John McCarten

Councilmember Margaret Chin at this week's hearing: 'For older women, the sexism we face throughout our lives and careers intersects with ageism. It's time for a culture shift.'

NY1 reporters who launched a lawsuit against their parent company opened up a Tuesday City Council hearing on age discrimination in the workplace with their testimony. Vivian Lee, 44, and Amanda Farinacci, 40, sued their network’s parent company, Charter Communications, in June alleging gender and age discrimination. They were joined by Marisol Seda, 52, who launched a similar lawsuit against Charter last November.

“I came here to cover your work, but I never imagined having to be on this side,” Seda began. The three anchors described being undermined and replaced with younger anchors, even as men in their workplace were promoted with age.

“Men are allowed to age with dignity and grace,” Lee testified. “Grey hair gives them gravitas, while it makes us more disposable.”

The anchors spoke in support of a legislative package put forward by Councilmembers Margaret Chin and Diana Ayala aimed at addressing age discrimination.

The package includes measures requiring the City Commission on Human Rights (CCHR) to establish a taskforce to study age discrimination, conduct additional investigations into age discrimination and develop new training on age discrimination and deliver it to each city agency once a year. One of the bills would create a new Office of Older Adult Workforce Development

The legislation attempts to address an employment problem that’s widely acknowledged to exist but historically difficult to prove.

Staff from the city’s Commission on Human Rights testified about the existing age discrimination protections and work they are doing. These challenges come despite the fact that NYC’s Human Rights Laws provide a lower bar for age discrimination cases than federal law. The federal Age Discrimination in Employment Act of 1967 protects anyone 40 or over from age discrimination, but court rulings have found that under ADEA, discrimination must be “severe and pervasive.” By contrast, under NYC’s laws, a plaintiff need only be treated “less well” due to discrimination, according to testimony from Sapna V. Raj, Deputy Commissioner of CCHR’s Law Enforcement Bureau.

According to its report in fiscal year 2019, the agency received 160 complaints—called “inquiries”— about age discrimination during that period, of which 106 concerned employment.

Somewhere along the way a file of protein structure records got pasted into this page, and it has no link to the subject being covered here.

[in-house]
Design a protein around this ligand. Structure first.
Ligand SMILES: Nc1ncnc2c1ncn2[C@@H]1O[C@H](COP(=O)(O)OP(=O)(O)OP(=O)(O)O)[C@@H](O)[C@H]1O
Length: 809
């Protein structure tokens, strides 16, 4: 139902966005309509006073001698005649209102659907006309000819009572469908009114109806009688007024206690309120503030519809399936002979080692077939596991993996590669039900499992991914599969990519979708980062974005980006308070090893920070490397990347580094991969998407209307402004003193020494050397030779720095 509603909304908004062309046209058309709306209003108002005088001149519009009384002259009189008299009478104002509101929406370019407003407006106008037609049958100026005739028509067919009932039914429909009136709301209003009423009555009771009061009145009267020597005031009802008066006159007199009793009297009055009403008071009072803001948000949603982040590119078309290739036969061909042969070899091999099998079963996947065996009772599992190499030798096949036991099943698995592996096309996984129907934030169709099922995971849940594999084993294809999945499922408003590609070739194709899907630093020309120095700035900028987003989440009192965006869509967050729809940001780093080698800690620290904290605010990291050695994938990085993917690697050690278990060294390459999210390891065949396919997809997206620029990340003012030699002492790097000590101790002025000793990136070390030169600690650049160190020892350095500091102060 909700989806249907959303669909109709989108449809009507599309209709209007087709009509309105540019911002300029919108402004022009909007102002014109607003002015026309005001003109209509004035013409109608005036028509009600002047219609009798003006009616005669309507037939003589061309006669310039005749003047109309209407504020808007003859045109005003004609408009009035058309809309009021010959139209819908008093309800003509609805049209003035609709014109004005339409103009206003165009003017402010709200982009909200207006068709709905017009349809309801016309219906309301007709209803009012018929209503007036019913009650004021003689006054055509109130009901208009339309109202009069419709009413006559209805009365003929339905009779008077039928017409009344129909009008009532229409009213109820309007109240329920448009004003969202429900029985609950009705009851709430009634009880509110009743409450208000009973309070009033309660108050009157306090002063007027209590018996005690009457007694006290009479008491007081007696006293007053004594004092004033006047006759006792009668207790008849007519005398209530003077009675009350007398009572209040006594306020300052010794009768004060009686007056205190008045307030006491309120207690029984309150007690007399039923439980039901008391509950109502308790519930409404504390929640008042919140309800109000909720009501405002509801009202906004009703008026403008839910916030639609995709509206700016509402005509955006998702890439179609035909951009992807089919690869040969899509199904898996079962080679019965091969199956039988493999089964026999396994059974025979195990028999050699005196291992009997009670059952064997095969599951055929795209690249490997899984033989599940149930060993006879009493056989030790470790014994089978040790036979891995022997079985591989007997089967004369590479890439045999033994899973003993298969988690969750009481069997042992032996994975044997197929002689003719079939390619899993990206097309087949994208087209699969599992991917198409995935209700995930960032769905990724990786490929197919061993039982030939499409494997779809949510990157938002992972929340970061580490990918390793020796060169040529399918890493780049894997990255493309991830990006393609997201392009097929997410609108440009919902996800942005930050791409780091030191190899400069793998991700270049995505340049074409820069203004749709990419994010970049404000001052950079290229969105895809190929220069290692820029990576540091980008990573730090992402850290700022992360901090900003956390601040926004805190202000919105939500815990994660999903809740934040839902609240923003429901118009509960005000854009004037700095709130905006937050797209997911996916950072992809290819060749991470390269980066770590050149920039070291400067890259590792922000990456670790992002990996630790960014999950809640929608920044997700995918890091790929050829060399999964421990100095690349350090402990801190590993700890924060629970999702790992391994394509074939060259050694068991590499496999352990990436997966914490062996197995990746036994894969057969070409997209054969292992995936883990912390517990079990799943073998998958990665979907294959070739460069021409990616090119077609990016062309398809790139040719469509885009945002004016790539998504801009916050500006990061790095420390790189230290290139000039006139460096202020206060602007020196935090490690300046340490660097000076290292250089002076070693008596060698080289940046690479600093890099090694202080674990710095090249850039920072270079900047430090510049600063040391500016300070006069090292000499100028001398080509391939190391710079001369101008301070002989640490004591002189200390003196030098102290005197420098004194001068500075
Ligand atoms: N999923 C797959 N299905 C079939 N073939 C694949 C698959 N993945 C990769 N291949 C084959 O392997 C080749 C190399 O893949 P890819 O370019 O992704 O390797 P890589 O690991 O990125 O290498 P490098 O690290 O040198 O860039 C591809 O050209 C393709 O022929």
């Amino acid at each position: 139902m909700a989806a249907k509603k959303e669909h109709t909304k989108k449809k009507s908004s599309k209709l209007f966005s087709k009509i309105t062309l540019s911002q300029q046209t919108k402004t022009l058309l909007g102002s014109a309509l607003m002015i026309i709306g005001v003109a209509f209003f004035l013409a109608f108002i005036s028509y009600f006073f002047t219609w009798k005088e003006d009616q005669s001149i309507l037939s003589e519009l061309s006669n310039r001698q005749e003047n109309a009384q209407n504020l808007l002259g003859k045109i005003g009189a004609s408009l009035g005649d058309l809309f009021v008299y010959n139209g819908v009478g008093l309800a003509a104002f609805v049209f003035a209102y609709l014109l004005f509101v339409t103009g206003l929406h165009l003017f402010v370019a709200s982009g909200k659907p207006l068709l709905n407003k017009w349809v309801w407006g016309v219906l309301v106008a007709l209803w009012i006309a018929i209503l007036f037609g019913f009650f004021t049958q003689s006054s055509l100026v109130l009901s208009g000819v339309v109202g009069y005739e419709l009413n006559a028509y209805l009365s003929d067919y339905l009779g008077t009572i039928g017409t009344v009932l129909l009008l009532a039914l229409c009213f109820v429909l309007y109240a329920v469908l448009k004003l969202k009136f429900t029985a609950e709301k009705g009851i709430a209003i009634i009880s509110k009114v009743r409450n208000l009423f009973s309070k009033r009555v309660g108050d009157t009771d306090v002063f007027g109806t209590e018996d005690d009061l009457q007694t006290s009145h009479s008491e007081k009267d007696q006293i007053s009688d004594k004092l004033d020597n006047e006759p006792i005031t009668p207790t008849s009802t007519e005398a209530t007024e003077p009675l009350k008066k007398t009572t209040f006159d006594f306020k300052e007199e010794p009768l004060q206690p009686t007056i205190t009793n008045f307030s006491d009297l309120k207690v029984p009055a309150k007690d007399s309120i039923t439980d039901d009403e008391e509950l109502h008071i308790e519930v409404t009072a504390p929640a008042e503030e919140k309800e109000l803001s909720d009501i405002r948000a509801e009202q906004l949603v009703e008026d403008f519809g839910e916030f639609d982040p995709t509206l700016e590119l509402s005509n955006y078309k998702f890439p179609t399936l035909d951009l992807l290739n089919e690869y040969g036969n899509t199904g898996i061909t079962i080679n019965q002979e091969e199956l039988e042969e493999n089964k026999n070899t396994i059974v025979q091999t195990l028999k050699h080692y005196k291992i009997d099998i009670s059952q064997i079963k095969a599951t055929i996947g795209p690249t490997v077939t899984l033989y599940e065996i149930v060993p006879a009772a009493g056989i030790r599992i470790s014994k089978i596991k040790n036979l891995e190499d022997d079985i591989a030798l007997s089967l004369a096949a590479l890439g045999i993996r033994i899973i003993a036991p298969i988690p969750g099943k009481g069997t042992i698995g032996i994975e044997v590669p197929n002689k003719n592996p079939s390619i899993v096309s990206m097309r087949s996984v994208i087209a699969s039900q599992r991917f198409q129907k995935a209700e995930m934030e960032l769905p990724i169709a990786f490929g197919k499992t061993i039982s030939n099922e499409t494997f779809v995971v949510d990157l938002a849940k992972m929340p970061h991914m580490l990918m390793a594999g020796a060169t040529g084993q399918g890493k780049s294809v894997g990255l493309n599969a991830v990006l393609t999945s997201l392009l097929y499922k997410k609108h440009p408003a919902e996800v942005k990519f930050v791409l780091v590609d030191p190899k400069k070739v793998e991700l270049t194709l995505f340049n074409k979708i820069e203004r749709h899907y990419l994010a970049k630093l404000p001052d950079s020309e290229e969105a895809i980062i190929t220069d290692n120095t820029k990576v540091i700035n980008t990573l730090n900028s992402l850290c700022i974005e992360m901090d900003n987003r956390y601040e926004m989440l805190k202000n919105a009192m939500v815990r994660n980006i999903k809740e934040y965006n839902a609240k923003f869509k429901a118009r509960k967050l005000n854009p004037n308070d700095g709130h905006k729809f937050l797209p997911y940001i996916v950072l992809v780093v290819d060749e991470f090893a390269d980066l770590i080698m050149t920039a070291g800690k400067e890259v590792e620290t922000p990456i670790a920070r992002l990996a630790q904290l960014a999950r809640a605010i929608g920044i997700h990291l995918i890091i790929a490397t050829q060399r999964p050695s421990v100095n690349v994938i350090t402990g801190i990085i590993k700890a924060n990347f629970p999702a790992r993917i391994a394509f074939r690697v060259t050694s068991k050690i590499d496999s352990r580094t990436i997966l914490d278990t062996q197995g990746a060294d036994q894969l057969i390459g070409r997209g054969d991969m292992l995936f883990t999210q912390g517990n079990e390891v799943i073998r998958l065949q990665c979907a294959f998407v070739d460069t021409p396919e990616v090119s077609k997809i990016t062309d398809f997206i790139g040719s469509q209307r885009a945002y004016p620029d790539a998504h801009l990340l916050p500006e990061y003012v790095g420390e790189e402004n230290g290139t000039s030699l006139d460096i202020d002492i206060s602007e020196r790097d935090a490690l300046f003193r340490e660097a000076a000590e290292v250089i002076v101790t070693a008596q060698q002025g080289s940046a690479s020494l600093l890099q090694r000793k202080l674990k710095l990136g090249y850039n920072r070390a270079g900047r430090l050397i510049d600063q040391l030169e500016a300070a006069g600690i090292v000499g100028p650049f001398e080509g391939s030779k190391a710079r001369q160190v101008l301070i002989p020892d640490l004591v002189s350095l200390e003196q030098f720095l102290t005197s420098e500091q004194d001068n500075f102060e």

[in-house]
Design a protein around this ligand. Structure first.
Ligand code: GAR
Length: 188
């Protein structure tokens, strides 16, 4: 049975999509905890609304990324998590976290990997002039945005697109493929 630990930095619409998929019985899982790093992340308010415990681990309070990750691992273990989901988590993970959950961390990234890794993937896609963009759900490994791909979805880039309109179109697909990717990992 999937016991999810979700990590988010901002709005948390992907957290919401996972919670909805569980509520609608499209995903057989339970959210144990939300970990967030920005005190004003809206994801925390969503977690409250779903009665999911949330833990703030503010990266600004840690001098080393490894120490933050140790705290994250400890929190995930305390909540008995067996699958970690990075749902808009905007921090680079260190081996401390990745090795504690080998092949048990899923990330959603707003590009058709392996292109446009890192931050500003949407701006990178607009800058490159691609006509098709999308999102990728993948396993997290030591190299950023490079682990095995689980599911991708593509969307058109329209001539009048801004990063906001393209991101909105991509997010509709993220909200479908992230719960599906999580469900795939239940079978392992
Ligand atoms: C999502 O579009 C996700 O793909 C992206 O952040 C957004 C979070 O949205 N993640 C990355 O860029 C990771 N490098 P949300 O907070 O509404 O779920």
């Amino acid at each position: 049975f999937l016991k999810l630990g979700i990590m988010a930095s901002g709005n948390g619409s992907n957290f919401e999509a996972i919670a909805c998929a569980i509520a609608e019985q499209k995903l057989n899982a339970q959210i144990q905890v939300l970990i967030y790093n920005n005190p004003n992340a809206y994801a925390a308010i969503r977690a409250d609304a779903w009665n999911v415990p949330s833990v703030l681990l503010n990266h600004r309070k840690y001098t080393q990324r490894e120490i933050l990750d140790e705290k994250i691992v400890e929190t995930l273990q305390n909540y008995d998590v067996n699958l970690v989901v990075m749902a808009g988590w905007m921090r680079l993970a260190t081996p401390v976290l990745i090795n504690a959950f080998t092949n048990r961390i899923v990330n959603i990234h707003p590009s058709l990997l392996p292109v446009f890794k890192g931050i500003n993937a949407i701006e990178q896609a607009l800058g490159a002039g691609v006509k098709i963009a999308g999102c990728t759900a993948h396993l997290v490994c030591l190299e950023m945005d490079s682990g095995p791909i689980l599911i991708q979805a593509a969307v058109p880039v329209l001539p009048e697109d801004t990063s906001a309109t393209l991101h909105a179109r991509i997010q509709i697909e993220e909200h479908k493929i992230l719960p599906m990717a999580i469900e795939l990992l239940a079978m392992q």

Over, the same period, the agency filed a complaint—a formal notice that kicks off its investigation—785 times overall, and 42 times in case of alleged age-based employment discrimination. The agency’s investigations could end any number of ways, including an arbitration process hosted by CCHR or a legal decision at the Office of Administrative Trials and Hearings. Cases are considered “settled” by CCHR at the end of this process.

During the year, CCHR settled 68 claims where age-based discrimination was cited, according to testimony by Raj. Those claims could all also include discrimination across other categories, such as gender.

One of the bills introduced would require CCHR to perform more “testing,” or determining bias through test cases. The bill asks for at least five such investigations a year for three years. Specifically, the law would require “matched pairs of testers who shall apply for the same job and who shall present similar credentials but who shall not present the same actual or perceived age. Of the two testers, at least one shall present to be above the age of 50.”

Raj testified that while testing is used by the agency it isn’t a fruitful strategy to root out age discrimination. CCHR undertook 900 tests last year for discrimination, but none were for age because, Raj argued, age discrimination is more difficult to prove through this method than it would be for other protected classes.

“Discrimination is very subtle,” Raj said, “and with age discrimination what happens is that there may be other factors and other protected categories that may influence why a person is hired or not.”

Raj argued that simply requesting data from companies—asking for ages of applicants who applied for jobs and for those who received them—would be a better way to detect age discrimination.

The hearing was preceded by a rally in front of City Hall’s steps attended by Chin, the NY1 anchors who testified and two dozen AARP advocates, most of whom were women of color. Several spoke about the intersection of age and gender discrimination.

“For older women, the sexism we face throughout our lives and careers intersects with ageism. It’s time for a culture shift,” Chin said before discussing her legislation with the crowd. Chin later said during the hearing she wanted the legislation to be passed quickly.

The rally and hearing came at the end of Active Aging Week, a campaign by the International Council on Active Aging to promote healthy lifestyles for seniors. To coincide, Brooklyn Borough President Eric Adams released the results of a survey of over 2000 older Brooklynites. The report recommends more public seating, more computer classes for seniors, and to “integrate training for seniors  into already-existing workforce development programs across the borough.”

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